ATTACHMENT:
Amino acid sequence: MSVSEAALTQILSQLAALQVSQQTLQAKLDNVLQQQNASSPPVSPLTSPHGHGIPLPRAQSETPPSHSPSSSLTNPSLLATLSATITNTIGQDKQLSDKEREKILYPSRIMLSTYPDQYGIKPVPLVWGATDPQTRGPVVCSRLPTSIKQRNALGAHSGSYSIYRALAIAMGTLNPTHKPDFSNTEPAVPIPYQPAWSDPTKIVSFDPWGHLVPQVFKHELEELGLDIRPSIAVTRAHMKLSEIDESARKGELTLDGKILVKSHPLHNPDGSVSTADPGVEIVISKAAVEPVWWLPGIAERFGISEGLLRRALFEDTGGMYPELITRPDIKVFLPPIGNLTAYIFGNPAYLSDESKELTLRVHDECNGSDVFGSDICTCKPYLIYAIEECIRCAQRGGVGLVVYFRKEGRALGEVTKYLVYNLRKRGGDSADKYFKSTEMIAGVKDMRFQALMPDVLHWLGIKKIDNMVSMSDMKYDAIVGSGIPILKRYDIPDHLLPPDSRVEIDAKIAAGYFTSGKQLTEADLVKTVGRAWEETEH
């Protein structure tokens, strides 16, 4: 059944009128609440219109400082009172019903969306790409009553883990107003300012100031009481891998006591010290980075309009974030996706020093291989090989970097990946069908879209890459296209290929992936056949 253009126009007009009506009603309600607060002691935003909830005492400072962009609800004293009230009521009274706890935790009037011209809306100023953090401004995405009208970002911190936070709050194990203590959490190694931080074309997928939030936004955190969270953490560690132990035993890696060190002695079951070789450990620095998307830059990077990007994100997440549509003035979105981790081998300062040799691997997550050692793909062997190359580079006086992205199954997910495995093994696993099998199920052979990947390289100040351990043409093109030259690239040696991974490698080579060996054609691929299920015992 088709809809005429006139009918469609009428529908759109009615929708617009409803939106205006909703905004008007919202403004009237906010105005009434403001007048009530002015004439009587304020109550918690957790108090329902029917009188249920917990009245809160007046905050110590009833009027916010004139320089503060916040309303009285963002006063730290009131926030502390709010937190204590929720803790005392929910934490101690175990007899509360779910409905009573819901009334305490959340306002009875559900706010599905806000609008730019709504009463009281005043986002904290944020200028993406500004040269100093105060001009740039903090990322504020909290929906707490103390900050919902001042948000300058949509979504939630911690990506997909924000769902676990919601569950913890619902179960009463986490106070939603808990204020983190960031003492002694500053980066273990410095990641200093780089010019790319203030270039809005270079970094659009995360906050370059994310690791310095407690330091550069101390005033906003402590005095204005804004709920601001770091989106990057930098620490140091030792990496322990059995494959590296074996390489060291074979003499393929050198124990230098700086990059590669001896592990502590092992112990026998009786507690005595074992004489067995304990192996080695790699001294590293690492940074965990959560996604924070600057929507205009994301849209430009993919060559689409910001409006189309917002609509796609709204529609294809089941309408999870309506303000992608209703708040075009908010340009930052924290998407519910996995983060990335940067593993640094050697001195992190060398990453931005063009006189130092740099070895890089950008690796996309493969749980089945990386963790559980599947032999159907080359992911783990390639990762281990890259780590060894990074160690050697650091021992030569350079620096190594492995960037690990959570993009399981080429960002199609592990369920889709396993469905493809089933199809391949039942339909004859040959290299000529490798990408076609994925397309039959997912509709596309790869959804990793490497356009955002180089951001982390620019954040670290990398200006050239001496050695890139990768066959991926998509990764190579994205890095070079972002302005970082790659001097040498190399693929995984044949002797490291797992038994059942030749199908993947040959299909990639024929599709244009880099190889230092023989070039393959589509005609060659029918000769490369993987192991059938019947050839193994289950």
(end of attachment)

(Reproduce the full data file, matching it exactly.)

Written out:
Amino acid sequence: MSVSEAALTQILSQLAALQVSQQTLQAKLDNVLQQQNASSPPVSPLTSPHGHGIPLPRAQSETPPSHSPSSSLTNPSLLATLSATITNTIGQDKQLSDKEREKILYPSRIMLSTYPDQYGIKPVPLVWGATDPQTRGPVVCSRLPTSIKQRNALGAHSGSYSIYRALAIAMGTLNPTHKPDFSNTEPAVPIPYQPAWSDPTKIVSFDPWGHLVPQVFKHELEELGLDIRPSIAVTRAHMKLSEIDESARKGELTLDGKILVKSHPLHNPDGSVSTADPGVEIVISKAAVEPVWWLPGIAERFGISEGLLRRALFEDTGGMYPELITRPDIKVFLPPIGNLTAYIFGNPAYLSDESKELTLRVHDECNGSDVFGSDICTCKPYLIYAIEECIRCAQRGGVGLVVYFRKEGRALGEVTKYLVYNLRKRGGDSADKYFKSTEMIAGVKDMRFQALMPDVLHWLGIKKIDNMVSMSDMKYDAIVGSGIPILKRYDIPDHLLPPDSRVEIDAKIAAGYFTSGKQLTEADLVKTVGRAWEETEH
């Protein structure tokens, strides 16, 4: 059944009128609440219109400082009172019903969306790409009553883990107003300012100031009481891998006591010290980075309009974030996706020093291989090989970097990946069908879209890459296209290929992936056949 253009126009007009009506009603309600607060002691935003909830005492400072962009609800004293009230009521009274706890935790009037011209809306100023953090401004995405009208970002911190936070709050194990203590959490190694931080074309997928939030936004955190969270953490560690132990035993890696060190002695079951070789450990620095998307830059990077990007994100997440549509003035979105981790081998300062040799691997997550050692793909062997190359580079006086992205199954997910495995093994696993099998199920052979990947390289100040351990043409093109030259690239040696991974490698080579060996054609691929299920015992 088709809809005429006139009918469609009428529908759109009615929708617009409803939106205006909703905004008007919202403004009237906010105005009434403001007048009530002015004439009587304020109550918690957790108090329902029917009188249920917990009245809160007046905050110590009833009027916010004139320089503060916040309303009285963002006063730290009131926030502390709010937190204590929720803790005392929910934490101690175990007899509360779910409905009573819901009334305490959340306002009875559900706010599905806000609008730019709504009463009281005043986002904290944020200028993406500004040269100093105060001009740039903090990322504020909290929906707490103390900050919902001042948000300058949509979504939630911690990506997909924000769902676990919601569950913890619902179960009463986490106070939603808990204020983190960031003492002694500053980066273990410095990641200093780089010019790319203030270039809005270079970094659009995360906050370059994310690791310095407690330091550069101390005033906003402590005095204005804004709920601001770091989106990057930098620490140091030792990496322990059995494959590296074996390489060291074979003499393929050198124990230098700086990059590669001896592990502590092992112990026998009786507690005595074992004489067995304990192996080695790699001294590293690492940074965990959560996604924070600057929507205009994301849209430009993919060559689409910001409006189309917002609509796609709204529609294809089941309408999870309506303000992608209703708040075009908010340009930052924290998407519910996995983060990335940067593993640094050697001195992190060398990453931005063009006189130092740099070895890089950008690796996309493969749980089945990386963790559980599947032999159907080359992911783990390639990762281990890259780590060894990074160690050697650091021992030569350079620096190594492995960037690990959570993009399981080429960002199609592990369920889709396993469905493809089933199809391949039942339909004859040959290299000529490798990408076609994925397309039959997912509709596309790869959804990793490497356009955002180089951001982390620019954040670290990398200006050239001496050695890139990768066959991926998509990764190579994205890095070079972002302005970082790659001097040498190399693929995984044949002797490291797992038994059942030749199908993947040959299909990639024929599709244009880099190889230092023989070039393959589509005609060659029918000769490369993987192991059938019947050839193994289950």